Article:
Allegient Blog

Knowing Success Factors Yields Success

Posted by Jimmy Burkhart | July 28, 2014

It is inevitable in today’s business environment that you have had some involvement or been impacted by a technology related project at your company.  And most likely you know of technology projects that have spent countless amounts of time, material and resources that were abandoned.  How can you ensure that your project will succeed and be seen as value add? 

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Visio 2013: Top 10 Tips and Tricks Everyone Should Know (Part 2 of 2)

Posted by Lindsey LaBerge | July 24, 2014

This is the second part in a two part series titled "Visio 2013: Top 10 Tips and Tricks Everyone Should Know". The first part can be found here

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Visio 2013: Top 10 Tips and Tricks Everyone Should Know (Part 1 of 2)

Posted by Lindsey LaBerge | July 21, 2014

As the Marketing Manager at Allegient, my experience as a Business Analyst isn’t the typical career path. In a previous job, I helped model processes for revenue management at a major airline. At that time our business process modeling consisted of hand drawn notes, sent offshore to be transformed into diagrams in Powerpoint. Imagine our confusion when these slides were provided with no key and no definitions for the shapes being used. I knew there was some serious room for improvement.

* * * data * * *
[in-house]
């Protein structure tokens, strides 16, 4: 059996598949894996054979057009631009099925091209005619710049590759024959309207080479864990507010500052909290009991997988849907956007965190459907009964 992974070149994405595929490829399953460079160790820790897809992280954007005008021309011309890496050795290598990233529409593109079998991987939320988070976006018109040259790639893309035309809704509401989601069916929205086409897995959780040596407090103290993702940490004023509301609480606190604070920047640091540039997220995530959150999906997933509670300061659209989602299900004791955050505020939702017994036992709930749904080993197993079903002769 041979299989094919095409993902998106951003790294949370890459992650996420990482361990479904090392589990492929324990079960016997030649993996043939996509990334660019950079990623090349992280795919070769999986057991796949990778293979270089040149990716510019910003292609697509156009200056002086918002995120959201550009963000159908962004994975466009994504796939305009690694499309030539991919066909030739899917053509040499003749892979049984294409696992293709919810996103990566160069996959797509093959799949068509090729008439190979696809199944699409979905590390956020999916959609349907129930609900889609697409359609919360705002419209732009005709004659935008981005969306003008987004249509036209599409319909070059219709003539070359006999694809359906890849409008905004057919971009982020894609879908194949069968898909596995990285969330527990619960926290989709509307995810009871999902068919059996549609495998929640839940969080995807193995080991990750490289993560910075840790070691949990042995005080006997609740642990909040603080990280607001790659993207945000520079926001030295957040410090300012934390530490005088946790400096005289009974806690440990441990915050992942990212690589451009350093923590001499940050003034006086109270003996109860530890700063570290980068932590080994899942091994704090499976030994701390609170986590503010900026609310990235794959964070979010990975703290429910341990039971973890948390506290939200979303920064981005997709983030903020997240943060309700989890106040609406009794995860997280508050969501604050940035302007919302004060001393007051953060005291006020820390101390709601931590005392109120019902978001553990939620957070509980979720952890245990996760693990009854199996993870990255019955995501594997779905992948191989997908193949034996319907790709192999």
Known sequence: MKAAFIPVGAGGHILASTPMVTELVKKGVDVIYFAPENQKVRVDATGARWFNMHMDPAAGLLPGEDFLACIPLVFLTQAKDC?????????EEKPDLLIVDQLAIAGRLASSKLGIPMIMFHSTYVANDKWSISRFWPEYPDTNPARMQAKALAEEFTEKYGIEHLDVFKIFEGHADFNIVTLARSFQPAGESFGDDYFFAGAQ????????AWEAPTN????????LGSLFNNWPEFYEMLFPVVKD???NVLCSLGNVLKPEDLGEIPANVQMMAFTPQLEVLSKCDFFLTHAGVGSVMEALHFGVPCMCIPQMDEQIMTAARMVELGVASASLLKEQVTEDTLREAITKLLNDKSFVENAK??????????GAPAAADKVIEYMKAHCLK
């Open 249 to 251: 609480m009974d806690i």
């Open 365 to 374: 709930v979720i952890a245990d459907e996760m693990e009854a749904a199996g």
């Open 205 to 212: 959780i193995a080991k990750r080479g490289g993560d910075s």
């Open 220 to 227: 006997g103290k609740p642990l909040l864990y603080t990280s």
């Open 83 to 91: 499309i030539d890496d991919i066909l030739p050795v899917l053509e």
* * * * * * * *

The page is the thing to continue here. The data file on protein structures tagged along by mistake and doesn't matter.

A year after joining Allegient, I sat down with our Business Solutions Manager, Louise Hughes to develop a marketing piece. We reviewed my projects that reflected some experience in the realm of process modeling. Like many at Allegient, my skills for this service area were discovered somewhat accidentally, but utilized for the benefit of our client (link to a culture blog). This discovery led to three months of business analysis work with her group.

Throughout that experience, I had the pleasure of working with Jason DePasquale, a Senior Business Analyst here at Allegient. He provided the oversight that helped align our diagrams with the approved standards within BPMN 2.0.  BPMN 2.0 is a standard process modeling notation that everyone can understand. From this experience, I have come away with 10 Tips & Tricks for Visio that may prove valuable for the new learner as well as the experienced Visio pro. 

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Salesforce Vs. Dynamics: A Comparative Look at a New Partnership

Posted by Andy Brockett | July 17, 2014